Before my husband and I surrendered our lives to Christ, we seriously considered divorce. But after committing to love and obey God, we recommitted to each other. We sought wise counsel and invited the Holy Spirit to transform us individually and as a couple. Our heavenly Father continues to help us develop healthy communication skills. He’s teaching us how to love and trust Him—and one another—no matter what happens.
Yet, even as we head toward celebrating our twenty-fifth anniversary, I occasionally forget everything God has done in and through our trials. Sometimes, I struggle with a deep-seated fear of the unknown—experiencing unnecessary anxiety instead of relying on God’s track record.
In Deuteronomy 1, Moses affirmed the Lord’s reliability. He encouraged the Israelites to move forward in faith so they could enjoy their inheritance (vv. 1–21). But God’s people demanded details about what they’d be up against and what they’d receive, before committing to trust Him with their future (vv. 22–33).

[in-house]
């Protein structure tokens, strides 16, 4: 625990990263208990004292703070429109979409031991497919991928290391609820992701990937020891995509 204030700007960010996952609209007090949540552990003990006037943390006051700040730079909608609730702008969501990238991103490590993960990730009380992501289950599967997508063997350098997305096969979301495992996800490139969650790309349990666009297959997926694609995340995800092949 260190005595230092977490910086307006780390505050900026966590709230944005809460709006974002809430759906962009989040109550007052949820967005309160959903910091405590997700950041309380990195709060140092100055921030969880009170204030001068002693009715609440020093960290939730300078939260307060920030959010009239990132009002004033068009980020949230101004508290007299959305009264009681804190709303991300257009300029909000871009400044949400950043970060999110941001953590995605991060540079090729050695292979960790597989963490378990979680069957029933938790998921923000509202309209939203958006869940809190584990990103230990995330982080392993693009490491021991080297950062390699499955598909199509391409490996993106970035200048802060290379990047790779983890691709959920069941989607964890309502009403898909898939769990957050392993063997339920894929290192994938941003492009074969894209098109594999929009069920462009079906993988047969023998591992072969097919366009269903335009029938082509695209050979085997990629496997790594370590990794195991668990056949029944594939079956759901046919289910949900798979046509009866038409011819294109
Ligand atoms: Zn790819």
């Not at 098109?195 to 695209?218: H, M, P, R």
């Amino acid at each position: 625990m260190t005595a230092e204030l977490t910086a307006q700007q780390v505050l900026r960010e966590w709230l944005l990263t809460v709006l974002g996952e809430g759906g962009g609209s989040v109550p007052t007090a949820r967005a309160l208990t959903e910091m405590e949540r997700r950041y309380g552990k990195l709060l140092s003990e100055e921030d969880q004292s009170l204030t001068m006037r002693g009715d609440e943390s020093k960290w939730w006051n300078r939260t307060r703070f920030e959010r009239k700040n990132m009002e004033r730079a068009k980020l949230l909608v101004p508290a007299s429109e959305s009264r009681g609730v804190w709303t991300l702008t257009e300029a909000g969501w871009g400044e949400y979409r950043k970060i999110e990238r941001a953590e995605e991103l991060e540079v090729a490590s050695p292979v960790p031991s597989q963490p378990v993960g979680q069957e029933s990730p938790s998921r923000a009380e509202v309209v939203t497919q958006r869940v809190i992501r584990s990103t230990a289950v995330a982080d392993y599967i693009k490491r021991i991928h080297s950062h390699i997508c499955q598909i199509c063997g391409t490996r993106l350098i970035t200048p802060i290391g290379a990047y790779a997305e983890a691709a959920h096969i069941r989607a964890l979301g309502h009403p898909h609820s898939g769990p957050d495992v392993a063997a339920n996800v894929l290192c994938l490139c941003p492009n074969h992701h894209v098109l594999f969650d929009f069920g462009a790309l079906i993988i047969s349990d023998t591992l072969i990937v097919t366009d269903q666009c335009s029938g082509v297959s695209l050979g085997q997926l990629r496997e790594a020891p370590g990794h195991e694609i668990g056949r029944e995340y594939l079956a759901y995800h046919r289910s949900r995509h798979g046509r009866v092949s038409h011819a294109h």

Followers of Christ are not immune to succumbing to fear or anxiety. Worrying about what difficulties we may or may not encounter can keep us from depending on faith, and may even damage our relationships with God and others. But the Holy Spirit can help us create a trust tally of the Lord’s past faithfulness. He can empower us with courageous confidence in God’s trustworthiness yesterday, today, and forever.
When friends moved into a new home, they planted wisteria near their fence and looked forward to the lavender blossom that would appear after five years of growth. Over two decades they enjoyed this plant, carefully pruning and tending it. But suddenly the wisteria died, for their neighbors had poured some weed killer by the other side of the fence. The poison seeped into the wisteria’s roots and the tree perished—or so my friends thought. To their surprise, the following year some shoots came through the ground.
We see the image of trees flourishing and perishing when the prophet Jeremiah relates them to God’s people who either trust in the Lord or ignore His ways. Those who follow God will send their roots into soil near water and will bear fruit (v. 8), but those who follow their own hearts will be like a bush in the desert (vv. 5–6). The prophet yearns that God’s people would rely on the true and living God, that they would be “a tree planted by the water” (v. 8)..
We know the “Father is the Gardener” (John 15:1) and that in Him we can trust and have confidence (v. 7). May we follow Him with our whole heart as we bear fruit that lasts.